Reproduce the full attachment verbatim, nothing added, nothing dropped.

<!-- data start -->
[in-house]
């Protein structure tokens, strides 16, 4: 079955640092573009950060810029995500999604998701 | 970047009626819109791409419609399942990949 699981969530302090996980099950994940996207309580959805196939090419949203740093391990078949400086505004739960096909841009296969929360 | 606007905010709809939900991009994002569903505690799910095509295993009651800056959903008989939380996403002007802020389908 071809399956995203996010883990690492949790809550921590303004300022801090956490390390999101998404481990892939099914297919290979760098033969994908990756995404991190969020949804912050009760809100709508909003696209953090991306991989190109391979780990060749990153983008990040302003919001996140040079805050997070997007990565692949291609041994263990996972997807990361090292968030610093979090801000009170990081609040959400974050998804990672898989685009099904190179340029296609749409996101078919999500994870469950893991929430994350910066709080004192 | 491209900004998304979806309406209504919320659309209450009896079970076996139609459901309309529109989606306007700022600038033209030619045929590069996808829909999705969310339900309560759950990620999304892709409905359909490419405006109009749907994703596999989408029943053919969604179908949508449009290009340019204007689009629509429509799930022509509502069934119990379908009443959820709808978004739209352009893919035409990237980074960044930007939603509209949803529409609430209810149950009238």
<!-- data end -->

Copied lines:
[in-house]
């Protein structure tokens, strides 16, 4: 079955640092573009950060810029995500999604998701 | 970047009626819109791409419609399942990949 699981969530302090996980099950994940996207309580959805196939090419949203740093391990078949400086505004739960096909841009296969929360 | 606007905010709809939900991009994002569903505690799910095509295993009651800056959903008989939380996403002007802020389908 071809399956995203996010883990690492949790809550921590303004300022801090956490390390999101998404481990892939099914297919290979760098033969994908990756995404991190969020949804912050009760809100709508909003696209953090991306991989190109391979780990060749990153983008990040302003919001996140040079805050997070997007990565692949291609041994263990996972997807990361090292968030610093979090801000009170990081609040959400974050998804990672898989685009099904190179340029296609749409996101078919999500994870469950893991929430994350910066709080004192 | 491209900004998304979806309406209504919320659309209450009896079970076996139609459901309309529109989606306007700022600038033209030619045929590069996808829909999705969310339900309560759950990620999304892709409905359909490419405006109009749907994703596999989408029943053919969604179908949508449009290009340019204007689009629509429509799930022509509502069934119990379908009443959820709808978004739209352009893919035409990237980074960044930007939603509209949803529409609430209810149950009238």